" of rendering to his heirs, Kings of England, two falcons on the days of their
" coronations instead of all other services, customs, and demands." Thus began the
rule of the Earls of Derby, which, on the whole, was characterised by observance
of the Insular Constitution and Customs as transmitted from Norse times.

The direct connection of the Derby family with the Island terminated with the
death in 1736 of the tenth Earl without male heirs. The Lordship of the Island then
passed to the second Duke. of Atholl, who was descended from a daughter of the
seventh Earl of Derby.

5. For some time before the succession of the Atholl Family to the Lordship of
Man, the attention of the English Customs Department had been drawn to the smuggling
which had been practised in the island, to the great detriment of the English and
Irish Revenues. The Manx Customs Tariff compared with that of England was low,
and cargoes were consigned from abroad to the island, landed, and run at convenient
opportunities to the mainland. So openly was this done that in 1670 a company of
adventurers from Liverpool settled in Douglas for the avowed purpose of conducting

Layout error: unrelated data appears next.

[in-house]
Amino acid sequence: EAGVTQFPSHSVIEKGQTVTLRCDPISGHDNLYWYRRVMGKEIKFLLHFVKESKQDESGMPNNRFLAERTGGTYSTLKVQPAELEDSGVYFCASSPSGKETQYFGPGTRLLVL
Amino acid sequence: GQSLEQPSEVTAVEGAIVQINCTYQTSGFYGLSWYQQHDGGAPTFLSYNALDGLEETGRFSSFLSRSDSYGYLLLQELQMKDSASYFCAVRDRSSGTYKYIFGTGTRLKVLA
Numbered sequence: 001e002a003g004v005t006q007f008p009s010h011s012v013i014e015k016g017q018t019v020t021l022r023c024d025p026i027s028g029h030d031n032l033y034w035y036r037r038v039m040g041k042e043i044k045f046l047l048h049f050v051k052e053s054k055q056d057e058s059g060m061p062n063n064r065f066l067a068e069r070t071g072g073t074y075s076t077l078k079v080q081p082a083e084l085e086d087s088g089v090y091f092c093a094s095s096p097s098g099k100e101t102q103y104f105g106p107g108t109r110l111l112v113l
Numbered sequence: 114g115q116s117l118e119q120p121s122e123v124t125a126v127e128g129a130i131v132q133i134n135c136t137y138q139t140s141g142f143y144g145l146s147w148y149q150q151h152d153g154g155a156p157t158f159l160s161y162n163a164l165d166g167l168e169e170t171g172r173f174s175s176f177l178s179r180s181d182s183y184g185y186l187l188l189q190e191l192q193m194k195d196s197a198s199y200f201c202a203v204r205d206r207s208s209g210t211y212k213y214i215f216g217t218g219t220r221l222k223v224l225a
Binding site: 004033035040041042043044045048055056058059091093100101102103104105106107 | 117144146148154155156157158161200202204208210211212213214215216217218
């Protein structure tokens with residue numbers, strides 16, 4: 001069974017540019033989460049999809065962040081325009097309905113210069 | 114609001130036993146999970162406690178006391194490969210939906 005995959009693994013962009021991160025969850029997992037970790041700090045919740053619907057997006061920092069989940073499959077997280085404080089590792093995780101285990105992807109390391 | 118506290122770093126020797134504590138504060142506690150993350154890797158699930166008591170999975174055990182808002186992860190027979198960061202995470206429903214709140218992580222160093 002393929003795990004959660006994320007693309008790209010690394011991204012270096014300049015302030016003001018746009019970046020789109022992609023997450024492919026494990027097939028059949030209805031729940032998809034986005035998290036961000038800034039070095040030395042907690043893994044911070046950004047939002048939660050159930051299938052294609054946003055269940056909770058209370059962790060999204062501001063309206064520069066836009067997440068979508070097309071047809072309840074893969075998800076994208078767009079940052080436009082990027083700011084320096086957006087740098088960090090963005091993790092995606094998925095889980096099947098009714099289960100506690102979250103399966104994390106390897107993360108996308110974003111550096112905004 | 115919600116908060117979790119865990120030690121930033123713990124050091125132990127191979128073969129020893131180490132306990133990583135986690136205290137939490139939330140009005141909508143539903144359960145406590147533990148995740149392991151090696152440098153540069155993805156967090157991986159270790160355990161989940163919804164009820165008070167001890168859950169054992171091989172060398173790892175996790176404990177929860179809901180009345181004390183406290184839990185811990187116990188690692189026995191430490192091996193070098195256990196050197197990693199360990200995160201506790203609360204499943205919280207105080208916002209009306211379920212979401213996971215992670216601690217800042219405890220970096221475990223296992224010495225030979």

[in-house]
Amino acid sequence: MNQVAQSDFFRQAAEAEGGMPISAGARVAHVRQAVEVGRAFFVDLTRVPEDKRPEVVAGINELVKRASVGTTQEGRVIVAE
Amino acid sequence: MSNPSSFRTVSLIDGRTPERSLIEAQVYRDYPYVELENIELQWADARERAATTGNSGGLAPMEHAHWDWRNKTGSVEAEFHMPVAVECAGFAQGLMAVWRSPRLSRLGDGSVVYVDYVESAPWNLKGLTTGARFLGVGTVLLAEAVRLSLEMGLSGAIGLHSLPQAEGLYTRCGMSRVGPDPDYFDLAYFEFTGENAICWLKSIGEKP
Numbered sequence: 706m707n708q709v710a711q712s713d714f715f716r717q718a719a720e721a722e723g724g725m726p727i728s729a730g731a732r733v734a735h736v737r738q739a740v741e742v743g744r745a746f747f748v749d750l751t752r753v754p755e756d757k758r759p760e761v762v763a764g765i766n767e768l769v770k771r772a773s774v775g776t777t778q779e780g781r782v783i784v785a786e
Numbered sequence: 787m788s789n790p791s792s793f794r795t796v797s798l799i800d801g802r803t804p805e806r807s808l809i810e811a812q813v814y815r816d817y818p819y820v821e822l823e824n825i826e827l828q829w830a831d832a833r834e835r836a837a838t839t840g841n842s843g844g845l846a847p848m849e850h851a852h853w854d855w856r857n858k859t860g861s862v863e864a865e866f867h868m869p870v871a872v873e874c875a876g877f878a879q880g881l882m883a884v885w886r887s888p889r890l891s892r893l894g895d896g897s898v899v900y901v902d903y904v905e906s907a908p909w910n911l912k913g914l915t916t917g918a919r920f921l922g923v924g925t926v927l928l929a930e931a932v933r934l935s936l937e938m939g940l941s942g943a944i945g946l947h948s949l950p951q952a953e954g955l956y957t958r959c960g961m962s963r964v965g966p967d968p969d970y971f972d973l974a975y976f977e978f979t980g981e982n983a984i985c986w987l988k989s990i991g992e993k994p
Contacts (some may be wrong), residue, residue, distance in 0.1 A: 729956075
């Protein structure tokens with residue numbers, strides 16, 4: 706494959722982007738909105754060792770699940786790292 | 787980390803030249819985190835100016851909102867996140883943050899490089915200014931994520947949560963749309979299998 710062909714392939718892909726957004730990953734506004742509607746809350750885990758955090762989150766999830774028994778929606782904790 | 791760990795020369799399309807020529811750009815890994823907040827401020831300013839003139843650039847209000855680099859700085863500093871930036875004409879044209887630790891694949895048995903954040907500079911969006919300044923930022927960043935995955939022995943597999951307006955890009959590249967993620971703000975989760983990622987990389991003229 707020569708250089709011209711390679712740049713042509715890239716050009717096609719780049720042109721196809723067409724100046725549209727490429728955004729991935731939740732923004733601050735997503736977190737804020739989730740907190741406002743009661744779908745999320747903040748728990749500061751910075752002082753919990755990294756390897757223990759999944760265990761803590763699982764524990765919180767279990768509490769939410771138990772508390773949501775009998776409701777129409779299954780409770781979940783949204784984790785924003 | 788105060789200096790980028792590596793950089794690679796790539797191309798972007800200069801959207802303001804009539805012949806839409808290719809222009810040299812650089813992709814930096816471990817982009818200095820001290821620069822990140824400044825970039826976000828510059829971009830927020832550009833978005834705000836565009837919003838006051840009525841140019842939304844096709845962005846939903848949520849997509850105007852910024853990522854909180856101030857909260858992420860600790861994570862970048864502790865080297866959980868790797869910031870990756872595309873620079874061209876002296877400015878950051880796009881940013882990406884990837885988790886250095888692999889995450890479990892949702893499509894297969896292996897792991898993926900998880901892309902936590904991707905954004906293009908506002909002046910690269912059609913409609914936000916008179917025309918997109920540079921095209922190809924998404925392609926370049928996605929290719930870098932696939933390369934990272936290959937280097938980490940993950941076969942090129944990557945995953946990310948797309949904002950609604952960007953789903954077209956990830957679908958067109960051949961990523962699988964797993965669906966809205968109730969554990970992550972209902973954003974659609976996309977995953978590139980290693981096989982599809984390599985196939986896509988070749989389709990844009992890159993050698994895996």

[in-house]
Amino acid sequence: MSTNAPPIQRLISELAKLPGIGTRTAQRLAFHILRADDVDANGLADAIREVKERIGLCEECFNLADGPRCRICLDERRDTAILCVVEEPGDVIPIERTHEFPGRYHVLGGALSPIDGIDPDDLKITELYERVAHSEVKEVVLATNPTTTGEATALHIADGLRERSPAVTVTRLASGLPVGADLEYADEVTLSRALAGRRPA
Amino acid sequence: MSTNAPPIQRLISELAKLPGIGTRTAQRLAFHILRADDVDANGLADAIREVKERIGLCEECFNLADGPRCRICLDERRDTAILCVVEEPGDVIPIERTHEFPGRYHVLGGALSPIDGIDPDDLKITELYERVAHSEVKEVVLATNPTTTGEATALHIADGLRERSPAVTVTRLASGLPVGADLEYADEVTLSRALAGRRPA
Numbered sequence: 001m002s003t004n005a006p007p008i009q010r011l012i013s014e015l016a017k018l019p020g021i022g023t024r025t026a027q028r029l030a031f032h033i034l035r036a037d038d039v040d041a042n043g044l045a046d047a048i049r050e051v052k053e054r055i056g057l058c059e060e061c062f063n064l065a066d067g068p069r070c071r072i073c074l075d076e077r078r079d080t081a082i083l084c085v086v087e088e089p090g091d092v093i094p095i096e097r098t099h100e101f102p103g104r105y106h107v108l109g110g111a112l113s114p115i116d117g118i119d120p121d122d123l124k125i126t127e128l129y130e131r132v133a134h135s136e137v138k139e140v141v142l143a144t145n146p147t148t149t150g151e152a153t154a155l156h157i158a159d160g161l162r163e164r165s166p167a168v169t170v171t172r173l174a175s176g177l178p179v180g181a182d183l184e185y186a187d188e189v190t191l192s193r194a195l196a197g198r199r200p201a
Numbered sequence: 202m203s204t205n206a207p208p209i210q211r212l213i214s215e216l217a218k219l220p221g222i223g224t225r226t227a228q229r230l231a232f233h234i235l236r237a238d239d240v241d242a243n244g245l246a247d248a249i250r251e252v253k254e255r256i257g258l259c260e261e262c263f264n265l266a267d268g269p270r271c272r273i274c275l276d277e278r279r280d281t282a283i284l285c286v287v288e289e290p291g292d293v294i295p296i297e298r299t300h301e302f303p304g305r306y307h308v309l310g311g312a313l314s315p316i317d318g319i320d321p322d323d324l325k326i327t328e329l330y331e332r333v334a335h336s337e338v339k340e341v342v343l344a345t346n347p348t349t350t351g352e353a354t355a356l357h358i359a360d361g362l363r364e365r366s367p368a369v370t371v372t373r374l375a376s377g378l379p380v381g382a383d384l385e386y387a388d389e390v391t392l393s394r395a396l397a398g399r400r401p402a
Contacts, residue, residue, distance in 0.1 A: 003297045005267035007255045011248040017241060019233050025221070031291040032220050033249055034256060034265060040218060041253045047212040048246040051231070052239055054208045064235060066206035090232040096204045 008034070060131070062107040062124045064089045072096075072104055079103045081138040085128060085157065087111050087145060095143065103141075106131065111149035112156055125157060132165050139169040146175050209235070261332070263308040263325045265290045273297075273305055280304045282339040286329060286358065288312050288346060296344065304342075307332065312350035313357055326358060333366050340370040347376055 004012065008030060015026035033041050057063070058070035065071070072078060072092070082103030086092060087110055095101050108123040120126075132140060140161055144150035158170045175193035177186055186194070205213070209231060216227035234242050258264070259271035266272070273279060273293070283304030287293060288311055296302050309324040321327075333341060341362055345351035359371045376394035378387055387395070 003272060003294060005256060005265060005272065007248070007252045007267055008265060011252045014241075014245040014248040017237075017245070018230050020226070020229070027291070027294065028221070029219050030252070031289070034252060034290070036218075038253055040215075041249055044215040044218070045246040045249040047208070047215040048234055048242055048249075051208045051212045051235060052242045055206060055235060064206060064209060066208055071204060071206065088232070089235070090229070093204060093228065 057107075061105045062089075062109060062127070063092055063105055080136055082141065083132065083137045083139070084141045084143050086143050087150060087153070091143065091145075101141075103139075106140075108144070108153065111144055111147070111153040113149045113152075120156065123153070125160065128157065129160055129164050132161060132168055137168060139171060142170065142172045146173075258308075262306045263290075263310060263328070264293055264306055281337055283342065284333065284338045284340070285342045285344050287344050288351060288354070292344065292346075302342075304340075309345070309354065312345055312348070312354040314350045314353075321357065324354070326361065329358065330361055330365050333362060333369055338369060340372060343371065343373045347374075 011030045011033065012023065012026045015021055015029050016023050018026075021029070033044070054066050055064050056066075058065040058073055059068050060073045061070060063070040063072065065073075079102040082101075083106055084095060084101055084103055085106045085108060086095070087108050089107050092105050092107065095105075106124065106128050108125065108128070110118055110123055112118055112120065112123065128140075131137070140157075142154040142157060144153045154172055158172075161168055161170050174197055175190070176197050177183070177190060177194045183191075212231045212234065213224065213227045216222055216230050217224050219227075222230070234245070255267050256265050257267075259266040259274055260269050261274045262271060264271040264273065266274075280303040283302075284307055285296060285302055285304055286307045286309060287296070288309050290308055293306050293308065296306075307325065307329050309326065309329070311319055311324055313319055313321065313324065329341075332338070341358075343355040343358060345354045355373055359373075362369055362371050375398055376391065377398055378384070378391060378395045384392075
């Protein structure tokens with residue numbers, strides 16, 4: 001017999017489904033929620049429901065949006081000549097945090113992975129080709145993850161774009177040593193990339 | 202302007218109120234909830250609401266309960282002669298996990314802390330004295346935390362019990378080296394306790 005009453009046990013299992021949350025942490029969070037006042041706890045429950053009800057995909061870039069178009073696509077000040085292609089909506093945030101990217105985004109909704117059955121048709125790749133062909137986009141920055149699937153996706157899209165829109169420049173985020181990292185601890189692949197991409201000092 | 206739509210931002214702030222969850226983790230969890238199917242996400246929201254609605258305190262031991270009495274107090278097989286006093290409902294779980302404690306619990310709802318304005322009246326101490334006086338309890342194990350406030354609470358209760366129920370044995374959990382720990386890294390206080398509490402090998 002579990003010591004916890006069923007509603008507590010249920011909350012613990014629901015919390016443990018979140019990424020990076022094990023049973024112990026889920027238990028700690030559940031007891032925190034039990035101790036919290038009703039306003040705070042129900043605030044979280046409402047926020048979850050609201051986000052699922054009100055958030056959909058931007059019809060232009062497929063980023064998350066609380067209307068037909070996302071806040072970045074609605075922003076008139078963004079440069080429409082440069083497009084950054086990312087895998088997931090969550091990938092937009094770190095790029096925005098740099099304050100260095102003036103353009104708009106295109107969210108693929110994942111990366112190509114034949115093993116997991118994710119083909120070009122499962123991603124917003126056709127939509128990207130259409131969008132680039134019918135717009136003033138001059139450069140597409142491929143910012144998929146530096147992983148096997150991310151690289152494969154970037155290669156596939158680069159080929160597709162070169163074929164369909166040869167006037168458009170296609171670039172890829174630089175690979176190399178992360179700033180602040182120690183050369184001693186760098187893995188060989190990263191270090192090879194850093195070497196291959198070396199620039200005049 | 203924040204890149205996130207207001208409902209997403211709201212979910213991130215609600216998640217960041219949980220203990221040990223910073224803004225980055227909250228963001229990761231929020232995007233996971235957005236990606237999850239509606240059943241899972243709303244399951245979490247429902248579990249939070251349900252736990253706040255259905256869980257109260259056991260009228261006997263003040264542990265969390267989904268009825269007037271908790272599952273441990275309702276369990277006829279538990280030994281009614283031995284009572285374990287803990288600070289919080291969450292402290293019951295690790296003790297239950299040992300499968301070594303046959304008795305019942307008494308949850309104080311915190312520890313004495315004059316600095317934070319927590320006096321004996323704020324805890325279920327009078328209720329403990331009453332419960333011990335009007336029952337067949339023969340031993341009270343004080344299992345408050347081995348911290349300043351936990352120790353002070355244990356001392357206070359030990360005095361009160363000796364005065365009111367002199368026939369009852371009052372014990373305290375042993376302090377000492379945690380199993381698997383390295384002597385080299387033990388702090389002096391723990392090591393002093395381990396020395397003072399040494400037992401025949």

the trade. Various Statutes were, directed against this traffic, and an Act of the
British Parliament passed in 1725 definitely prohibited the removal from the Isle of
Man to the mainland of Great Britain or Ireland of any goods other than the produce
of the Island, and also authorised the Treasury to treat for the purchase of the

Negotiations, however, do not appear to have been effectively opened until 1764,
by which time the loss to the revenue of Great Britain was reported by the
Commissioners of Customs and Excise in Scotland to amount to 350,0001. per annum.

6. In 1765--by an Act which is commonly known as the Revestment Act
(5 Geo. III., c. 26)-the Lordship and Customs of the Isle of Man and its dependencies
were bought from the third Duke of Atholl for 70,0001. and an annuity of 2,0001.
(Irish) a year on the joint lives of the Duke and his Duchess. The purchase did
not affect the, Duke of Atholl's manorial rights in the Island, and he retained his
interest in the land revenues, patronage. of the bishopric, advowsons, &c. The
Revestment had apparently for its object the prevention of smuggling ; but
its immediate effect was to transfer the administration of the Island to the Crown,
and to subject the Island to the harassing commercial restrictions which the short-
sighted policy of that time imposed on English dependencies. The people of the
Isle became discontented with English methods of administration. and to mitigate
their discontent as well as to propitiate the fourth Duke of Atholl, who had raised
claims to larger compensation than had been paid his father, the Duke was appointed
Governor of the Island. For some time his administration was acceptable to the
Islanders, but his endeavours to increase his income brought him ultimately into
unpopularity with them. His money claims on the Government, which were
investigated by a Parliamentary Committee in 1805, were met by the grant of